That happened for a few centuries until the Romans came along and neatened the beard back to ‘respectable’. Mostly due to Mr Alexander the Great who told his countrymen something along the lines of ‘a beard is a weakness, your enemy can grab it and lead you around like a dog, so chop it off!’. He began the clean-shaven craze of 350BC. And many Romans followed suit either choosing servants who were pretty nifty with an iron novacila –a razor that looked a lot like a toy knuckle duster. Or they would pop-out to the tonsor, the town barber, for a going over.
Middle ages razors.
Errr…Not much improving on anything happened in The Dark Ages until someone turned on the light in France around 1715. People could, at least, see each other again. And they looked to their Monarch for facial hair-fashion advice.
Some Kings sported beards, some didn’t, some Queens even got away with it. But for most people in the kingdom, finding scraps of food and trying to avoid being trampled on by the Princess’s horse or hiding from the plague was more important than shaving.
By 1700 the first steel-edged straight razors were being pumped out of the Steelwork factories in Sheffield, England. Even making their way as far as barbershops up in Finland. Along the way, cut-throats picked up decorative handles, inscriptions, and even an urban legend.
The straight razor established itself into the culture. And if you poke your head into any hip barbershop today you’re bound to see the flash of a cut-throat. As it’s slapped up and down a leather strop by a badly tattooed barber.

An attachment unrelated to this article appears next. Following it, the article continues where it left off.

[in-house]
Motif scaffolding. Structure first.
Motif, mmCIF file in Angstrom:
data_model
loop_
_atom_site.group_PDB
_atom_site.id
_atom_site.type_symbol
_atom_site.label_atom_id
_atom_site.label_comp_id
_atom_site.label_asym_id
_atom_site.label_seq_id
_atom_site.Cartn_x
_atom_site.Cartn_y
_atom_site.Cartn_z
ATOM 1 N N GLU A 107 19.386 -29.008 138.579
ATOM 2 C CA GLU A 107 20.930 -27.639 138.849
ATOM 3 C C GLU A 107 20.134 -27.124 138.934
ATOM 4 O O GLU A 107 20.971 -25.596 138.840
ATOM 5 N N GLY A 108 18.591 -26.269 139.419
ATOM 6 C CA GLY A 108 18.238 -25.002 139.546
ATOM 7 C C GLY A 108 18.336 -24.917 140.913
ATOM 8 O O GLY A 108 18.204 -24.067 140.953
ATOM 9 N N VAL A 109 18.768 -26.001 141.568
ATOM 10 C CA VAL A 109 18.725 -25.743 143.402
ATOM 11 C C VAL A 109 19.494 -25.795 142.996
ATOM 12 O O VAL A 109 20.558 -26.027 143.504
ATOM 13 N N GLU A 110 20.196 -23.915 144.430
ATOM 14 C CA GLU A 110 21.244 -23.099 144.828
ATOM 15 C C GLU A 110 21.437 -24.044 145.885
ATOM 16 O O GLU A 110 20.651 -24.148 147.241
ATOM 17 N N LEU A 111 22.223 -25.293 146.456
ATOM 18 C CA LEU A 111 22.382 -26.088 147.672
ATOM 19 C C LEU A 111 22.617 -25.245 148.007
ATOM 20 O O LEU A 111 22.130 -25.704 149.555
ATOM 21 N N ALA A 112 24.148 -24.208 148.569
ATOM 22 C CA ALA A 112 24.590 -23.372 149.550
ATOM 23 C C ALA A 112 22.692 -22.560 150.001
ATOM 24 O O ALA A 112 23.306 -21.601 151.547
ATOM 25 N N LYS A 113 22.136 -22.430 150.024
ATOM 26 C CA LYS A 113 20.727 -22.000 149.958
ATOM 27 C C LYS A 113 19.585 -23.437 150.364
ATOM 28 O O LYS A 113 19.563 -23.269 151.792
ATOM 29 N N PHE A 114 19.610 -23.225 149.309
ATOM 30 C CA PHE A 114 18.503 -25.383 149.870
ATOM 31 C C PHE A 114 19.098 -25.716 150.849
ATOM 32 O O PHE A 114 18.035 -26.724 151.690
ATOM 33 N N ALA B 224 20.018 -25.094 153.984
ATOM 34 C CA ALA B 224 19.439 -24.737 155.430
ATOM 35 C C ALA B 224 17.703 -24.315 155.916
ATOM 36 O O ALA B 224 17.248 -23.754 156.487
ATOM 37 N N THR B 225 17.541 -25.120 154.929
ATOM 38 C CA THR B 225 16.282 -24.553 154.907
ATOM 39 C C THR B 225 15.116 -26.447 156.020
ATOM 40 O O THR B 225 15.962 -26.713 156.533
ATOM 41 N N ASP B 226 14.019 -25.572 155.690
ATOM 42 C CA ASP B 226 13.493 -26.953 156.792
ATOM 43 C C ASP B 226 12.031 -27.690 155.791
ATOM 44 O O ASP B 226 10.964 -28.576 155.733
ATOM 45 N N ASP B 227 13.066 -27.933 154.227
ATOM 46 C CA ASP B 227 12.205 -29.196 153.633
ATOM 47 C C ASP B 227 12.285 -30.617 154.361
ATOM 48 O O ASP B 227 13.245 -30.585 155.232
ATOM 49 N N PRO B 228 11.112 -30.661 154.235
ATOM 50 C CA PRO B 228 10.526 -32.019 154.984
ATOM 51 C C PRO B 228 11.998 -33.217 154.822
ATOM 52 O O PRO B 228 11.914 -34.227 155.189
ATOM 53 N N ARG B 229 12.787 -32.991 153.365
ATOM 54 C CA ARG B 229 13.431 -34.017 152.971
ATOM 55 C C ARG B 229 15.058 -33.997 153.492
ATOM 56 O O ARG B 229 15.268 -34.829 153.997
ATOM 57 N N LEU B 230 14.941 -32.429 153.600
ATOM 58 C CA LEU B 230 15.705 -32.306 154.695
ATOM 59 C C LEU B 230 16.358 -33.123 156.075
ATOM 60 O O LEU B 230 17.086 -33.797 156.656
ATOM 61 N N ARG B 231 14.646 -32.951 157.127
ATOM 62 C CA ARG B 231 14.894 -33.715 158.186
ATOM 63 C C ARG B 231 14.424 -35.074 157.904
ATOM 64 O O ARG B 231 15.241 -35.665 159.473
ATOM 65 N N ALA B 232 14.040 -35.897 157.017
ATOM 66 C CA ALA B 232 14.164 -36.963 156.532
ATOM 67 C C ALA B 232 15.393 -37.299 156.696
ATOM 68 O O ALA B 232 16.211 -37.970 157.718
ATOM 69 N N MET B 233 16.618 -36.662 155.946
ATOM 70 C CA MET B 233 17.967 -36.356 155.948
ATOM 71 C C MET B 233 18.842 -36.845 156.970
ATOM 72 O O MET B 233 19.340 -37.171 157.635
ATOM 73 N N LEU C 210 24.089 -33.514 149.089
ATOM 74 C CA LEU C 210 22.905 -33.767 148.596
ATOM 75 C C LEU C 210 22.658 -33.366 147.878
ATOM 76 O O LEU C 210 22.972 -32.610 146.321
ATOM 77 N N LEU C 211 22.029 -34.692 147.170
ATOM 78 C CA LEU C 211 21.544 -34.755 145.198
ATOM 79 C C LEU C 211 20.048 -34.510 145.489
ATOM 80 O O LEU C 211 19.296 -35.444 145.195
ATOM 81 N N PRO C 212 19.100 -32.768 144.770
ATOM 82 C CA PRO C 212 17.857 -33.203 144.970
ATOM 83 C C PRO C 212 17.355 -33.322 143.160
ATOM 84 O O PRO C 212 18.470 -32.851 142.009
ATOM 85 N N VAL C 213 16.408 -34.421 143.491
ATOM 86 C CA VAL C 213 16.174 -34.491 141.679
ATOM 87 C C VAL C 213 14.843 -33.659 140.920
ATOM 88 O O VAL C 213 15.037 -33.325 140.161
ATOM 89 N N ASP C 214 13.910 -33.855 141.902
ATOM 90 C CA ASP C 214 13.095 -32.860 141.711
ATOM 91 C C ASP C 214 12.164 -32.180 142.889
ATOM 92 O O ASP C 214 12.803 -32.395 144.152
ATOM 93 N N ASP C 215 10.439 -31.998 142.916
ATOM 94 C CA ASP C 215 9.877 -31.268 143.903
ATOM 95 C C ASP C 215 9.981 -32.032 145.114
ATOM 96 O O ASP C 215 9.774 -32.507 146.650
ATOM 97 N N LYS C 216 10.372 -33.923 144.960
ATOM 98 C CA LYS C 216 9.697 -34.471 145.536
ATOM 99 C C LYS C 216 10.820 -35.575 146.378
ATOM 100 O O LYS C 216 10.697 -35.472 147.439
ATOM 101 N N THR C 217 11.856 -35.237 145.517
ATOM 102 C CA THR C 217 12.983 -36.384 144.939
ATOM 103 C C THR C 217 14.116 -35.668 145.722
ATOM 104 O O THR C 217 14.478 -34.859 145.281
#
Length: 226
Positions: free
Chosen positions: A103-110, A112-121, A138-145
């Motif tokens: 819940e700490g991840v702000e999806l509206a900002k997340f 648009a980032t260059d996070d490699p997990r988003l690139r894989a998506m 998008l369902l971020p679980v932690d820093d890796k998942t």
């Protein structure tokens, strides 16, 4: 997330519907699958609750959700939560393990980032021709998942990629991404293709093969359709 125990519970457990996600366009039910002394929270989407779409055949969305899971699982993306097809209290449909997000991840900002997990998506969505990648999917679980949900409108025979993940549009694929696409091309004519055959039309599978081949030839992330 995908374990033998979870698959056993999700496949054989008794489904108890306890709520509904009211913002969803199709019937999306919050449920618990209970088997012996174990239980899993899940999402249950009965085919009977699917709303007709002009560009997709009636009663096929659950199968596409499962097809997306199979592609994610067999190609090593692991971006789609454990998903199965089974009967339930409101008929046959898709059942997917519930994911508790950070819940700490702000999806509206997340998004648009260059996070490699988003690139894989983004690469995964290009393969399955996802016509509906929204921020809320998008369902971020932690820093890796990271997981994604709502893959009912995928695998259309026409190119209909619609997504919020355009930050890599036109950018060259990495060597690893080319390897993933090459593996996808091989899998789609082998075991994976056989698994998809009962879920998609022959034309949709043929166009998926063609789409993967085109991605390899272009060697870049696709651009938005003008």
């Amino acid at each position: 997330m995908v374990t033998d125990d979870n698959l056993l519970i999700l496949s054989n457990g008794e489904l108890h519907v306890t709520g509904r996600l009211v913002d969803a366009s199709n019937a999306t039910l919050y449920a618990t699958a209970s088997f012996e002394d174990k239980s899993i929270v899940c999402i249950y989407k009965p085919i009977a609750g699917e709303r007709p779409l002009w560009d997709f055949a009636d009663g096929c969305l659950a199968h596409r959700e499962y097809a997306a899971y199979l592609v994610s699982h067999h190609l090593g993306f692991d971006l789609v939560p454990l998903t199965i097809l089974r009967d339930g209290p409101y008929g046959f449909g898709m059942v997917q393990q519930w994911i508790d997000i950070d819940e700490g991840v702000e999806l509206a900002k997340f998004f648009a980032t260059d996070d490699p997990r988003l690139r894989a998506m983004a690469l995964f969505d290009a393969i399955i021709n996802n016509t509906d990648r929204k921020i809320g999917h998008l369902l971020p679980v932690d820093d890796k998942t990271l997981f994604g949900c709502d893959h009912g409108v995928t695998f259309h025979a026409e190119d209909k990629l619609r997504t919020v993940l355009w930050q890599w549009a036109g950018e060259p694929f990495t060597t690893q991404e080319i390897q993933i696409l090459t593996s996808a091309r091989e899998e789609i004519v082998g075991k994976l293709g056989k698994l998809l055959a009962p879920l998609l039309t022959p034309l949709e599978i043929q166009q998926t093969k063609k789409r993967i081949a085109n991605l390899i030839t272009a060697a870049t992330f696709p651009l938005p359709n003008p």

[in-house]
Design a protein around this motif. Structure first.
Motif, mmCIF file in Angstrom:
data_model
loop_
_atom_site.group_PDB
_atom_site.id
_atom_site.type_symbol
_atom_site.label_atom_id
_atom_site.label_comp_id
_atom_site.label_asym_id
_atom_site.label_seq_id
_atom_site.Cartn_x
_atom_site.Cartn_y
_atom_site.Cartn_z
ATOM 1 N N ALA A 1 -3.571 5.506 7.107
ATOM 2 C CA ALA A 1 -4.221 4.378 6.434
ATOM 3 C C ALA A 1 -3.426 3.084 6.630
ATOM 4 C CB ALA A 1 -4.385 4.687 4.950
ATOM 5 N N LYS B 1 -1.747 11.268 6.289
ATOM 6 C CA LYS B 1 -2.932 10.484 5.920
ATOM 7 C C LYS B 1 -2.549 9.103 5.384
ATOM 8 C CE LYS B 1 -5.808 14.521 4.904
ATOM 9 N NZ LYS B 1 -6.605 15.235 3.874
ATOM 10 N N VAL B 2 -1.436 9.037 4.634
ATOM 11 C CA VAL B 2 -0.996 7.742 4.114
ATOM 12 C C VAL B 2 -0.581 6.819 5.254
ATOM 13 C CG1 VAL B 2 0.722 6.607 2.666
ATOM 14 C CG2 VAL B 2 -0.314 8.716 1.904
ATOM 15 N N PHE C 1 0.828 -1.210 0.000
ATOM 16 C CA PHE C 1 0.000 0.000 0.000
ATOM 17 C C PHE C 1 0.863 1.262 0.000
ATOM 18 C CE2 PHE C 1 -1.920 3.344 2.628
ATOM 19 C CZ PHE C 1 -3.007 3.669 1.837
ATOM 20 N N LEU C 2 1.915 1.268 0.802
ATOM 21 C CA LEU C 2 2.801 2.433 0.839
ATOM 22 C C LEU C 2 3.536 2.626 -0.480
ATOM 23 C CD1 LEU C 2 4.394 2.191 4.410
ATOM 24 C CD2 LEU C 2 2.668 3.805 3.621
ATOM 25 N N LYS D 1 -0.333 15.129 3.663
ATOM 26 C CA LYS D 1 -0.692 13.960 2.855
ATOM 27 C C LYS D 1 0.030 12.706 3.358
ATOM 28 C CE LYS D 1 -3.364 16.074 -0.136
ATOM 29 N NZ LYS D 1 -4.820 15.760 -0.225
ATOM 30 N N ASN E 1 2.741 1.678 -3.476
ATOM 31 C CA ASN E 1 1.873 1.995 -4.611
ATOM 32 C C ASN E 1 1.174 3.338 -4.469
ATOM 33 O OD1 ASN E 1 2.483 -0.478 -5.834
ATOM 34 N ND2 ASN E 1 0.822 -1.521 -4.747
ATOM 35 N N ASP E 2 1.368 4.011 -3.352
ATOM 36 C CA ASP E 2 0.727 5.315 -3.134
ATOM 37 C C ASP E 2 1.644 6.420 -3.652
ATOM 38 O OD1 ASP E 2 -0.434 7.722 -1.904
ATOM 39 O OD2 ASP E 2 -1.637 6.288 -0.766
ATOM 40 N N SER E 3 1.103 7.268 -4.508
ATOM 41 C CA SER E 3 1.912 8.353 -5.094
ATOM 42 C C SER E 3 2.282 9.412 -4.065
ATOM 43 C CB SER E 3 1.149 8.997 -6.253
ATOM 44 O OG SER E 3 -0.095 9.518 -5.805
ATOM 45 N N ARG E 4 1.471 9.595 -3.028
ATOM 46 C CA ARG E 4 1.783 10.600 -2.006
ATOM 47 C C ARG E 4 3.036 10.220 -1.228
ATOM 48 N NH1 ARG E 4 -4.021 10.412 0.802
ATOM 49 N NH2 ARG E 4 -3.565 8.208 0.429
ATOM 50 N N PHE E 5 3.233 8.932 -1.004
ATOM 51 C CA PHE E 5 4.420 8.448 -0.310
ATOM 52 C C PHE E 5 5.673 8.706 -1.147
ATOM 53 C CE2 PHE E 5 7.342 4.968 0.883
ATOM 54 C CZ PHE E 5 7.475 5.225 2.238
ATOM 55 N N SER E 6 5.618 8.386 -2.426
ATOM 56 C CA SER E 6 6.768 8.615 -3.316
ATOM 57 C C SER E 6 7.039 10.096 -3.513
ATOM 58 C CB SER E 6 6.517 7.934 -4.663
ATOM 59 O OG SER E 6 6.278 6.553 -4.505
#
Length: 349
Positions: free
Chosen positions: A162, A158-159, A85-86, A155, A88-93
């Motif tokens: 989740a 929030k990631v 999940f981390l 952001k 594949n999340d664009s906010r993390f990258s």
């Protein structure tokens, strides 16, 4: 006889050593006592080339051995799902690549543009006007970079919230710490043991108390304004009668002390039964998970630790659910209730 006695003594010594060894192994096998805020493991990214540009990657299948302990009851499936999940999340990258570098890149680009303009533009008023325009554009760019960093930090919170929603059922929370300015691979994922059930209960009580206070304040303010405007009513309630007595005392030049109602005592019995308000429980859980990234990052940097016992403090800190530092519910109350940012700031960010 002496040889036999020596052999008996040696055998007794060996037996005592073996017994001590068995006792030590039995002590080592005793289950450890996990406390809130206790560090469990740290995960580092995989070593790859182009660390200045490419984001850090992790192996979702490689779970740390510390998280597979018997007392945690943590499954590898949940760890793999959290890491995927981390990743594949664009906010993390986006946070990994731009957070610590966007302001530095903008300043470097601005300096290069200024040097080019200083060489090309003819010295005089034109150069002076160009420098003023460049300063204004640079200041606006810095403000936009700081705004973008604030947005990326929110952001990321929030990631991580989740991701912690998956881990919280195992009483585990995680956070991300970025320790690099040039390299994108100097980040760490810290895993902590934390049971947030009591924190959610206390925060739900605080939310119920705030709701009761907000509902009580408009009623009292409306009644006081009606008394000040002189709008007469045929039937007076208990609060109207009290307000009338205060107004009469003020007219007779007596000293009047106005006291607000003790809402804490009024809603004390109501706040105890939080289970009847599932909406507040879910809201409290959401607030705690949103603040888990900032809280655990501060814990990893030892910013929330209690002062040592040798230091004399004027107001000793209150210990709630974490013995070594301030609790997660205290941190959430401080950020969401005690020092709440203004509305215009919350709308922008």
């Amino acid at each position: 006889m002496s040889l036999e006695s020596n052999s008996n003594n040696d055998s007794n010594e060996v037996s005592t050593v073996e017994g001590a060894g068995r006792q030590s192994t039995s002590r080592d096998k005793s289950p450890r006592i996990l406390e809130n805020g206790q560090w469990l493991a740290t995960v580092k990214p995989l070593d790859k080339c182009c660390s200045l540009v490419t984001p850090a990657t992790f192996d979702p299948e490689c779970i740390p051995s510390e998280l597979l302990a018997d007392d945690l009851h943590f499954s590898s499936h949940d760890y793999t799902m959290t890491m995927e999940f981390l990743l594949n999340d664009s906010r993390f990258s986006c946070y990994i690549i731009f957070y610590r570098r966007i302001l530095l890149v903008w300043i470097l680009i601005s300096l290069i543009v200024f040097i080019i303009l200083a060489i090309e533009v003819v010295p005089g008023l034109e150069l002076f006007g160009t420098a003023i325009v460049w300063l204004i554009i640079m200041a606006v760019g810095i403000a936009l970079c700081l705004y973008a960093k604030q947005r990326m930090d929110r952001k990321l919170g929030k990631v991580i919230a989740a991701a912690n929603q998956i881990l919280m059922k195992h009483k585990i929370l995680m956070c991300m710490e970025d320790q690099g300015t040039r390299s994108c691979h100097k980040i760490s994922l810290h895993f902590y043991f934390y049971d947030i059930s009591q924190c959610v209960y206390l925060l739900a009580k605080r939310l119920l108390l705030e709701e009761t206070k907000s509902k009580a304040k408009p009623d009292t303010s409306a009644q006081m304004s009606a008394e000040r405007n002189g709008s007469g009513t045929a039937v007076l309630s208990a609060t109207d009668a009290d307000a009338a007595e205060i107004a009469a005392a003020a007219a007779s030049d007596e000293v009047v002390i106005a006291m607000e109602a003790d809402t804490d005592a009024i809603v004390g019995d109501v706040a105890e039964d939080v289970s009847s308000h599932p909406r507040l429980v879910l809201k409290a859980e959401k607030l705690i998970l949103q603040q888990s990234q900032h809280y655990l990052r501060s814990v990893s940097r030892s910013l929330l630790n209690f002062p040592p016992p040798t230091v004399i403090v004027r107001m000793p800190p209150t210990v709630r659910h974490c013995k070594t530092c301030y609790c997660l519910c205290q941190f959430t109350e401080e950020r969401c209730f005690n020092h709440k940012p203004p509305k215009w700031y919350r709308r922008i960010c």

In 1770 the French knifemaker Jean-Jacques Perret published a book on ‘The Art of Shaving Oneself’. It went over the different ways to shave and with what. But more importantly it introduced the idea of the safety razor. And then a few years later he went ahead and built one.
It was basically a straight razor with an ‘L’ shaped wooden guard. It didn’t really stop men nicking themselves. But it was a move, albeit an awkward one, in the right direction.
The safest a man could get?
Enter King Camp Gillette. That’s not a shaving summer camp, that was the guy’s actual name. In 1901 KCG patented a design for a disposable double-edged safety razor. And two years later, after calling in some favours, the Gillette razor was out on the shelves. And made totally affordable, even for the dustman.
If you want to know more about Gillette and it’s ‘crazier every year’ innovations…ask your grandad.
Jacob Schick is considered to be the big daddy of the electric razor. His 1928 patent became the blueprint for a no water, no lather, dry shave. Before that, he’d also designed a razor that you could load-up like a gun, with cartridges and everything. This guy really knew his blades and he also made improvements to the everyday pencil sharpener for a hobby.
Most electric razors either have round rotating blades or a horizontally shavers foil and cutter block tech. Running on batteries or straight off the mains. Today most electric shavers come out of the laboratories of Phillips- the light bulb guys.
Change your razor. Change your shave.
That was the long and short history of the razor. And if you got this far, you just added some firepower to your pub quiz knowledge.
Now, what did stay pretty constant over time is that most shavers just wanted to get things done and dusted quickly. Straight in, straight out…clean and fresh…with the least amount of showbiz. Boldking made a razor with a sort of stone age philosophy. Something simple, to hand, that gets the job done.
Of course, we had the trial and errors of 100,000 years of shaving to guide our hand. And the changing shaving habits of modern man to meet – ‘Give me something I can use to shave what I want when I want’. Our patented flexible blades was born out of real demand, not an overnight fad, just ask the half a million and counting Boldking users of Europe who are putting us into the history books one shaven armpit at a time.